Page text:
A new 13-story building proposed for 207 West 79th street won approval from the Landmarks Preservation Commission this week after the architects removed proposed balconies and shrunk the building by 30 feet and removed the penthouse, Curbed reported.
LPC chair Meenakshi Srinivasan said she was “pleased” with the reduction in height and the removal of the terraces and the building-topping penthouse. Commissioner Michael Goldblum said demolition of the existing building was appropriate and called the new design “typical.”
The original proposal (see image below) sparked opposition, because neighbors said the balconies were out of character, and the new building would block windows at the Lucerne. The building that’s on the space now (see below) is in a historic district, although it was renovated in the 70’s and lost much of its charm.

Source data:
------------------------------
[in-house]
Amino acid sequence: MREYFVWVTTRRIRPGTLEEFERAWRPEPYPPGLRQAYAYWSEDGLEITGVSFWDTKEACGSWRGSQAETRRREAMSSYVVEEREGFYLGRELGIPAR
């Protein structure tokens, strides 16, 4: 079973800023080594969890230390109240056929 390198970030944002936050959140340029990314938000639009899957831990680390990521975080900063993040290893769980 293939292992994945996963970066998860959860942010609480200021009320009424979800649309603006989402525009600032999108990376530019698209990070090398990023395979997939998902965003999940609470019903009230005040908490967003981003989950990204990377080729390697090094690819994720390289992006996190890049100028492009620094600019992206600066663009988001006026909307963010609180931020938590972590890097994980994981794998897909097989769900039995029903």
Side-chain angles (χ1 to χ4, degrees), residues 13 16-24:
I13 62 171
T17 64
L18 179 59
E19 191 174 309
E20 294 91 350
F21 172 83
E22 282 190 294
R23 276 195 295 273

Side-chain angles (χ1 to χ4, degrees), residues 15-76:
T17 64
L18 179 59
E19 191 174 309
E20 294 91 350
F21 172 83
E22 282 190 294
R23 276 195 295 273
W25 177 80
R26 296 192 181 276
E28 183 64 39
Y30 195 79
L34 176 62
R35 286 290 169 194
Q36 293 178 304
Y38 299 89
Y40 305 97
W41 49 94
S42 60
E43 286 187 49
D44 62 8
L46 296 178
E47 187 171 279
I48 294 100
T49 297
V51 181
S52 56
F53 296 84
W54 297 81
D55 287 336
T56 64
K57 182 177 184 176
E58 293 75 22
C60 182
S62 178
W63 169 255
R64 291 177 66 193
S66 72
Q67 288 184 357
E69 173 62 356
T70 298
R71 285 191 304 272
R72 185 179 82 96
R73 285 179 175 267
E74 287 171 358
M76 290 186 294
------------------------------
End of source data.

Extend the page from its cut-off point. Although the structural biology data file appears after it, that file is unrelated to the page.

Initial proposals at the LPC get full public hearings, and the commissiners got an earful. But when proposals come back for a second review, there is no hearing or review by the local community board.
Manhattan Borough President has criticized this practice in the past, as it allows developers to bypass a community review as long as they can do enough to satisfy the LPC. One man even spoke out at the hearing over 207 West 79th to criticize the project, Curbed reported.
A man named Samuel Leff, a past president of the West 79th Street Block Association, decided to, after the approval and closing of the hearing (and end of the day’s LPC session), get up and scold the commissioners for what they had done. This is highly unusual and several attendees seemed quite surprised. He nearly had to be escorted from the room. Outside, he said he will investigate suing the commission for their decision.